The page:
But was it any match for the U.S. and its top-guns?
As we know, the Cold War was a race to supremacy, and every time one country developed a new aircraft program, the other started its own program to match it. Things haven’t really changed. The actual Russian air force as we know it today was formed after the collapse of the Soviet Union in 1991. It’s debatable if it was as powerful as the U.S. air force.
So, what do these countries have in terms of power?
According to the U.S. air force website, it requested a budget of $132.4 billion for 2018. This would go to the modernization of its current inventory but also towards 502,000 personnel, which is an increase of 4,100 active personnel and 1,700 Guard and Reserves. The U.S. certainly has a lot of cash to spend, as Russia’s entire military budget was only about $69.3 billion in 2014 when it was high – almost half of America’s air force budget. There are differing opinions on the Russian defense budget today, but military site Janes reported recently that it might drop to 47.13 billion in 2018. This doesn’t bode well for Russia in our comparison. Nonetheless, just about every analyst out there puts Russia’s air force as the nearest contender to the U.S. air force.
In terms of men and women on the ground, or in the air, Russia has 148,000 personnel – far fewer people than the U.S. has. In total it has 3,794 aircraft according to Global Fire Power. This is compared to the 13,763 aircraft in the U.S. One major difference is that the U.S. fleet is almost half helicopters, although the U.S. still has more than half the number of Russian fighter aircraft.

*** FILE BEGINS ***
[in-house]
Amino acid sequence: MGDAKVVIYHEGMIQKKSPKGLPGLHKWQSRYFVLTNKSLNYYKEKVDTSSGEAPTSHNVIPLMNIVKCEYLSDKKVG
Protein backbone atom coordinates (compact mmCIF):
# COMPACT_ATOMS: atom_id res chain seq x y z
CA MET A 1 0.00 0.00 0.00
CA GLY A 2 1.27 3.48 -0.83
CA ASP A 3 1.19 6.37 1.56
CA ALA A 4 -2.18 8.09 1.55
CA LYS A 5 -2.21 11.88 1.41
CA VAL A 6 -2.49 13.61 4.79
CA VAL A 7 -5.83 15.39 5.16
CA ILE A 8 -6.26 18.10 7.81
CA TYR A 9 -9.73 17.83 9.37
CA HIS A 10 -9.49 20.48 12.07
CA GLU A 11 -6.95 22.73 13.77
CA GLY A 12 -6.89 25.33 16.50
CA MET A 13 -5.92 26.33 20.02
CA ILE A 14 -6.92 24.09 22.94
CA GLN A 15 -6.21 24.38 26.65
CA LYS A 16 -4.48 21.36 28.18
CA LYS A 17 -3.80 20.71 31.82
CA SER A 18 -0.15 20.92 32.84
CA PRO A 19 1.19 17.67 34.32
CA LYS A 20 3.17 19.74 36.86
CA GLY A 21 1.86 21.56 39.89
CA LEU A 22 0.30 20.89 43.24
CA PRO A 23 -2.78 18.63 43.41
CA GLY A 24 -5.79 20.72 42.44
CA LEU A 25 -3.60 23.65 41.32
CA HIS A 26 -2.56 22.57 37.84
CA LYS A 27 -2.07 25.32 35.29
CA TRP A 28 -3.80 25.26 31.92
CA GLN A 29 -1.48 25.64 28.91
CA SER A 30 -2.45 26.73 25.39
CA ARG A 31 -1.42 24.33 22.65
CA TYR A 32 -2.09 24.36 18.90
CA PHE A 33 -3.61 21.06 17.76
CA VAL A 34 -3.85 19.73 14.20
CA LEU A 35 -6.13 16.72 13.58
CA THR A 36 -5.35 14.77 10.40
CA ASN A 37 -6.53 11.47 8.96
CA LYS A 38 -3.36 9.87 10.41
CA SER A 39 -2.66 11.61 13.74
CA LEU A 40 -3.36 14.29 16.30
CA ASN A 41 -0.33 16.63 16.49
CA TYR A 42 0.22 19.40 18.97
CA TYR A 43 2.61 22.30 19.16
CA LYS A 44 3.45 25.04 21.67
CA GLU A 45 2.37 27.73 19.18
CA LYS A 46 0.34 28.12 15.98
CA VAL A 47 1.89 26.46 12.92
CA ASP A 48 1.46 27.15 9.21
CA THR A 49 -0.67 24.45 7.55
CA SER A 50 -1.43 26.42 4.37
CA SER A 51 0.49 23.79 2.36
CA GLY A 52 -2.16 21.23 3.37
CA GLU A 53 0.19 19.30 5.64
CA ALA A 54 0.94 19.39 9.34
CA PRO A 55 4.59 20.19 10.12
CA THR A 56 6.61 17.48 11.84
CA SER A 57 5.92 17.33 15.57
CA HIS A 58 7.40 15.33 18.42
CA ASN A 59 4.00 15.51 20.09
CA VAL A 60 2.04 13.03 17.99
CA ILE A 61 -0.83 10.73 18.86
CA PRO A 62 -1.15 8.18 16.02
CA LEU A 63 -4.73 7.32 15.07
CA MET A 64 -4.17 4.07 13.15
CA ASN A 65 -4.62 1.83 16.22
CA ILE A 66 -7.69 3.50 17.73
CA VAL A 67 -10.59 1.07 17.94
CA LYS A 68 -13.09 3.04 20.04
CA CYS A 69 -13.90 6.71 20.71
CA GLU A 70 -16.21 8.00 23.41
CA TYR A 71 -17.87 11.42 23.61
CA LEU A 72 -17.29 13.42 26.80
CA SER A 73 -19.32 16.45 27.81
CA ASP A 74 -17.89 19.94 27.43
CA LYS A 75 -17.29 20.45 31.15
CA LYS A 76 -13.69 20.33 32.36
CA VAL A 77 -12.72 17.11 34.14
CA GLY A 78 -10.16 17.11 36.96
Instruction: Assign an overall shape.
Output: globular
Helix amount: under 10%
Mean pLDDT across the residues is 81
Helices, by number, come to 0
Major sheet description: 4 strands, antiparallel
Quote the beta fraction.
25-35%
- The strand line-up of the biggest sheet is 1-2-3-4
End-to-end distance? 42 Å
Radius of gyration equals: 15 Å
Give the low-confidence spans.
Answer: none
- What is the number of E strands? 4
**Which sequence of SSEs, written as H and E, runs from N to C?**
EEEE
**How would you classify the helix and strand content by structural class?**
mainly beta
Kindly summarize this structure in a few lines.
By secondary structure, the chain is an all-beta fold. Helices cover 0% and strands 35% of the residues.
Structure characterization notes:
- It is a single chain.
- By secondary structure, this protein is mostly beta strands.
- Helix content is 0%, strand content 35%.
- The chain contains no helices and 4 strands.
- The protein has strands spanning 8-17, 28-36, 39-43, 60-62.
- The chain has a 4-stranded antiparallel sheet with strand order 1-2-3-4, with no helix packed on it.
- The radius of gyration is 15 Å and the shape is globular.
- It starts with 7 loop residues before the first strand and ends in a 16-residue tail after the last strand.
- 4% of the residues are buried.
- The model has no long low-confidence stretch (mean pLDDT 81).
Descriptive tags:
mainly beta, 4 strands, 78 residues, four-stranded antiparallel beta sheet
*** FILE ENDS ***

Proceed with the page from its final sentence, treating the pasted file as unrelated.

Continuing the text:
But as the saying goes, it’s quality not quantity.
The USA’s most advanced machines are its fleets of F-22 Raptors, F-35s, and F-16 fighters. These are certainly a powerful force, but the fact it has 195 of the first, 71 of the second and about 450 of the third (currently being updated) is very impressive. It means quality AND quantity, and according to National Interest the U.S. plans to build another 1,763 F-35s. The U.S. also has scores of older planes as well as some new technologically impressive ones. This includes the X-37B space plane, a secret long distance aircraft that zips around the Earth unknown to anyone but a few people. It also includes A-10 Thunderbolt tank destroyers as well as manned or unmanned Long-Range Strike Bombers.